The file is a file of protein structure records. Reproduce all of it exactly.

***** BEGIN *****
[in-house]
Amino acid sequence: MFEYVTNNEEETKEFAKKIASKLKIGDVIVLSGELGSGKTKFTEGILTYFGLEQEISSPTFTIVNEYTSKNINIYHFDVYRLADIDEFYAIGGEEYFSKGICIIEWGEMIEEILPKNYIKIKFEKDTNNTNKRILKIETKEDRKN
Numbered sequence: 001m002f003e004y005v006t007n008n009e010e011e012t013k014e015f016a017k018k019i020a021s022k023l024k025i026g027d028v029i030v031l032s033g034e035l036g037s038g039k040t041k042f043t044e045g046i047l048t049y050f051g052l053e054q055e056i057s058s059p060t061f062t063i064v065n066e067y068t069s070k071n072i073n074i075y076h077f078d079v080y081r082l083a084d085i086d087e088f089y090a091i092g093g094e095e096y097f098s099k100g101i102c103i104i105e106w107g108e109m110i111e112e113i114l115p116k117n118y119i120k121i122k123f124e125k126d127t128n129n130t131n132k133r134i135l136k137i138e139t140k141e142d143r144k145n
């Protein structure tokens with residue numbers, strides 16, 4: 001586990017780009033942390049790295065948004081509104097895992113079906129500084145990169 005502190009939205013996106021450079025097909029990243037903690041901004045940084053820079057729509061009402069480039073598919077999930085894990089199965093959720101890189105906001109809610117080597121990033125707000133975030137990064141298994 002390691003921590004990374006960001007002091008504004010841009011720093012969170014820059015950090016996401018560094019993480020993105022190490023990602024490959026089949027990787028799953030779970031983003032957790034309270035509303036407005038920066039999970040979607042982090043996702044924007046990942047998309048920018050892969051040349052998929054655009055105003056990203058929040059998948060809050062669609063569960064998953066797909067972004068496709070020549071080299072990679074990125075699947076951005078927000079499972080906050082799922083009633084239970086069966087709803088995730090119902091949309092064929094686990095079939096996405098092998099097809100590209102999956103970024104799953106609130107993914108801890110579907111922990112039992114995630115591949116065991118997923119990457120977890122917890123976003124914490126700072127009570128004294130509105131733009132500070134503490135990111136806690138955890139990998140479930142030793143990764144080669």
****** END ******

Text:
[in-house]
Amino acid sequence: MFEYVTNNEEETKEFAKKIASKLKIGDVIVLSGELGSGKTKFTEGILTYFGLEQEISSPTFTIVNEYTSKNINIYHFDVYRLADIDEFYAIGGEEYFSKGICIIEWGEMIEEILPKNYIKIKFEKDTNNTNKRILKIETKEDRKN
Numbered sequence: 001m002f003e004y005v006t007n008n009e010e011e012t013k014e015f016a017k018k019i020a021s022k023l024k025i026g027d028v029i030v031l032s033g034e035l036g037s038g039k040t041k042f043t044e045g046i047l048t049y050f051g052l053e054q055e056i057s058s059p060t061f062t063i064v065n066e067y068t069s070k071n072i073n074i075y076h077f078d079v080y081r082l083a084d085i086d087e088f089y090a091i092g093g094e095e096y097f098s099k100g101i102c103i104i105e106w107g108e109m110i111e112e113i114l115p116k117n118y119i120k121i122k123f124e125k126d127t128n129n130t131n132k133r134i135l136k137i138e139t140k141e142d143r144k145n
């Protein structure tokens with residue numbers, strides 16, 4: 001586990017780009033942390049790295065948004081509104097895992113079906129500084145990169 005502190009939205013996106021450079025097909029990243037903690041901004045940084053820079057729509061009402069480039073598919077999930085894990089199965093959720101890189105906001109809610117080597121990033125707000133975030137990064141298994 002390691003921590004990374006960001007002091008504004010841009011720093012969170014820059015950090016996401018560094019993480020993105022190490023990602024490959026089949027990787028799953030779970031983003032957790034309270035509303036407005038920066039999970040979607042982090043996702044924007046990942047998309048920018050892969051040349052998929054655009055105003056990203058929040059998948060809050062669609063569960064998953066797909067972004068496709070020549071080299072990679074990125075699947076951005078927000079499972080906050082799922083009633084239970086069966087709803088995730090119902091949309092064929094686990095079939096996405098092998099097809100590209102999956103970024104799953106609130107993914108801890110579907111922990112039992114995630115591949116065991118997923119990457120977890122917890123976003124914490126700072127009570128004294130509105131733009132500070134503490135990111136806690138955890139990998140479930142030793143990764144080669």